My new mission now is to save planet Earth
Dunbeg-based scientist Dr Raeanne Miller from SAMS is about to join an Antarctic expedition. Here she explains what inspired her to apply for the women-only project
ONE video application, 12 months of preparation, 77 women scientists, £10,000 raised each and a journey to Antarctica that will unite us all.
It waxs a tweet that did it. Women, science, leadership, Antarctica and a picture of an iceberg – I couldn’t resist.
I clicked on the link to the Homeward Bound website and, as I read, I became more and more inspired to be a part of this amazing initiative aiming to change the face of science, leadership and sustainability worldwide.
To apply, I created a 60-second YouTube video about what I could bring to the programme, what it means to me and what I hope to learn and share from the experience. It also included lots of beautiful Argyll scenery.
The Homeward Bound project is an Australian-led programme that aims to increase the impact of women and science to create better social and environmental outcomes for the planet.
The reality is this: globally women are under-represented at leadership tables in almost every sector, science included. We think that a more balanced voice, which is motivated and inspired, can help us to work towards a sustainable world.
So how will we do this? Over the past 12 months, there has been a lot of activity to prepare for our voyage in December. We have already been working hard to understand our own unconscious biases, leadership styles and lifestyle values, using a series of online tests, coaching sessions and discussions.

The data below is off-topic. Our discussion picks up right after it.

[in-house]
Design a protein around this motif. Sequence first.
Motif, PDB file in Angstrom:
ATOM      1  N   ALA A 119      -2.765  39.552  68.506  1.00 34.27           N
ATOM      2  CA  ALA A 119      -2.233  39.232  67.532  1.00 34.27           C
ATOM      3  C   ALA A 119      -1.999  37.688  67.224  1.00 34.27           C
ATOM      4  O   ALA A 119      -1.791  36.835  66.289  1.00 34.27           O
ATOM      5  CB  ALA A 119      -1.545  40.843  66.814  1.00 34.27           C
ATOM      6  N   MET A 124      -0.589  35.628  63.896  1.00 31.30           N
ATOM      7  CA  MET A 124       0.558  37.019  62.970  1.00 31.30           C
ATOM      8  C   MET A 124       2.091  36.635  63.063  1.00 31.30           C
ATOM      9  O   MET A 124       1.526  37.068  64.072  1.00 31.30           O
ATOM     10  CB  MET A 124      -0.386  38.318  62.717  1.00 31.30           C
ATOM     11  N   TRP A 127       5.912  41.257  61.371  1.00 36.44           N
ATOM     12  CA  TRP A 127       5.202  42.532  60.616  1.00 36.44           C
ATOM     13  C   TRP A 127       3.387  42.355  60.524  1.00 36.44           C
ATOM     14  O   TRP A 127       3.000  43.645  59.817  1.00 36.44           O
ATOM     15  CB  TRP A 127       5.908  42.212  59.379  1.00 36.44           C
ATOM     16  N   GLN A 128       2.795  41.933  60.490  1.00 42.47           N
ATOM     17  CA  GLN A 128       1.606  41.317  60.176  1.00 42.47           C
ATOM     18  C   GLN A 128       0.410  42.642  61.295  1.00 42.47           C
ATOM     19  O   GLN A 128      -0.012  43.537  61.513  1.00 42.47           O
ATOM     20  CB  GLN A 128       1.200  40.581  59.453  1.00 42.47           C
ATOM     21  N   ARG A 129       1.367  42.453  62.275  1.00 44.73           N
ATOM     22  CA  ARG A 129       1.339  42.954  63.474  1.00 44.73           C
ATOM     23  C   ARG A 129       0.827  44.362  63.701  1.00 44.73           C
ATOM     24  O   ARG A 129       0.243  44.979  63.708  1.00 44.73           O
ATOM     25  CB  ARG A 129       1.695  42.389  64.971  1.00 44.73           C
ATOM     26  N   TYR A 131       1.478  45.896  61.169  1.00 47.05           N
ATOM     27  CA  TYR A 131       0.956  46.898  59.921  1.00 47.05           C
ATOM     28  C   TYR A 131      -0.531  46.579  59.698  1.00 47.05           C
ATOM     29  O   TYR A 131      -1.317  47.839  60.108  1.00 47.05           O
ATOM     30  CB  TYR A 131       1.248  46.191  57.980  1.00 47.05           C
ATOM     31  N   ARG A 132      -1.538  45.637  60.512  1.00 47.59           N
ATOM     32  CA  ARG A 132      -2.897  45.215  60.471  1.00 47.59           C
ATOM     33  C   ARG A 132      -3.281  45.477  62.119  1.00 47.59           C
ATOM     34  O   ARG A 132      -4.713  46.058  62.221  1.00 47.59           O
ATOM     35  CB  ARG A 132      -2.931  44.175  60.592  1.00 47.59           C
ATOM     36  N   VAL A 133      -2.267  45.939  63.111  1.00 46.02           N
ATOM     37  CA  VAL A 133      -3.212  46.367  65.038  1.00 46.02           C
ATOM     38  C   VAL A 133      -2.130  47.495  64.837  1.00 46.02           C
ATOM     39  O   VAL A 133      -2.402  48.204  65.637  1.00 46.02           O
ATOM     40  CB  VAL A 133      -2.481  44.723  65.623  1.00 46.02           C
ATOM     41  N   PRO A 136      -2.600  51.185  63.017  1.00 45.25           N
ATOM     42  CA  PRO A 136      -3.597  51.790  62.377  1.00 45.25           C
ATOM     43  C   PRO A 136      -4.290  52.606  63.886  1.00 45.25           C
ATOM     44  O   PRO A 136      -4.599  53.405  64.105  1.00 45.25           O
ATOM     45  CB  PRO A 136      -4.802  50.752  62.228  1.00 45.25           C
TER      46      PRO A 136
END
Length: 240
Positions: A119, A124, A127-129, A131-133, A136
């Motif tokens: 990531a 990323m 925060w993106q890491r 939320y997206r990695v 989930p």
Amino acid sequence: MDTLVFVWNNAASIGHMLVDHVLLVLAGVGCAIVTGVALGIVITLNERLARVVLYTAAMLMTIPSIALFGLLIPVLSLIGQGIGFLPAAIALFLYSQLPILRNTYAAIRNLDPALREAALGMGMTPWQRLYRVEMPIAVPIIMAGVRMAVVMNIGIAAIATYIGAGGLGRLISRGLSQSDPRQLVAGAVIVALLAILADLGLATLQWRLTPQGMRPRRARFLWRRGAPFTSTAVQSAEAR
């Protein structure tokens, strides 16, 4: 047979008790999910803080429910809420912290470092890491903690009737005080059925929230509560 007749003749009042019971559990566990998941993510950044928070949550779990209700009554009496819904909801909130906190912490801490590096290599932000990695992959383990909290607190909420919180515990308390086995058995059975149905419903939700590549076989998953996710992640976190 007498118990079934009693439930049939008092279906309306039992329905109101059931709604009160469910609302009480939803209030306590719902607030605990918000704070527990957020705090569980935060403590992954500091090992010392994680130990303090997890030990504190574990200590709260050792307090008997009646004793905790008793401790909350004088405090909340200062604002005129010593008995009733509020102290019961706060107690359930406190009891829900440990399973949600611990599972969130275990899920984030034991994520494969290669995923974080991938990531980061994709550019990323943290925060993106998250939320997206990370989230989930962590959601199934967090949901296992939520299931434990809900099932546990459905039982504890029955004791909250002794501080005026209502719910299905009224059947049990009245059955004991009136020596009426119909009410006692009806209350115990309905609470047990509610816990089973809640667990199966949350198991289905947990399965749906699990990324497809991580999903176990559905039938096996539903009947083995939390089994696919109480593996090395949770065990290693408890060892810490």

While I thought this sounded a bit ‘kooky’ at first, I’ve actually found the whole process incredibly valuable. It’s so rare to get the opportunity to truly reflect on what makes you tick, and what is stopping you from reaching your personal goals.
More than anything, though, it has been amazing to get to know (virtually) all of the other women who are part of the programme, and to recognise how much we are able to support each other – and we haven’t even met in person yet. We’ve shared our dreams, hopes and aspirations over email and online, and we have helped each other overcome hardship and frustration.
We have told each other the stories of our lives and we are already working together on small projects to support the programme.
My team, for example, is focusing on change-makers: women who have catalysed or enabled positive change through their work or personal lives. We’ll be producing a blog on the topic soon – keep an eye out.
In the lead up to this voyage, I’ve also focused on telling the previously untold stories of female marine scientists working in the generations before us and encouraging future generations to engage with science themselves. I’ve worked with many different organisations in the past 12 months and there is so much momentum around this topic – so many people are inspired and want to get involved in science, diversity, or education.
It is such an exciting time, and it feels like we are well and truly at the beginning of a movement.
So in two weeks, I will pack my bags full of long underwear, woolly hats, jumpers and warm jackets to head south to Ushuaia, Argentina, where I will finally meet the other 76 women of Homeward Bound. Together we will sail across the Drake Passage to the Antarctic peninsula, exploring one of the regions most affected by climate change worldwide and working together to develop strategies to ensure a positive future for the planet.
Homeward Bound’s motto is: Mother Nature needs her daughters. And, right now, it truly does.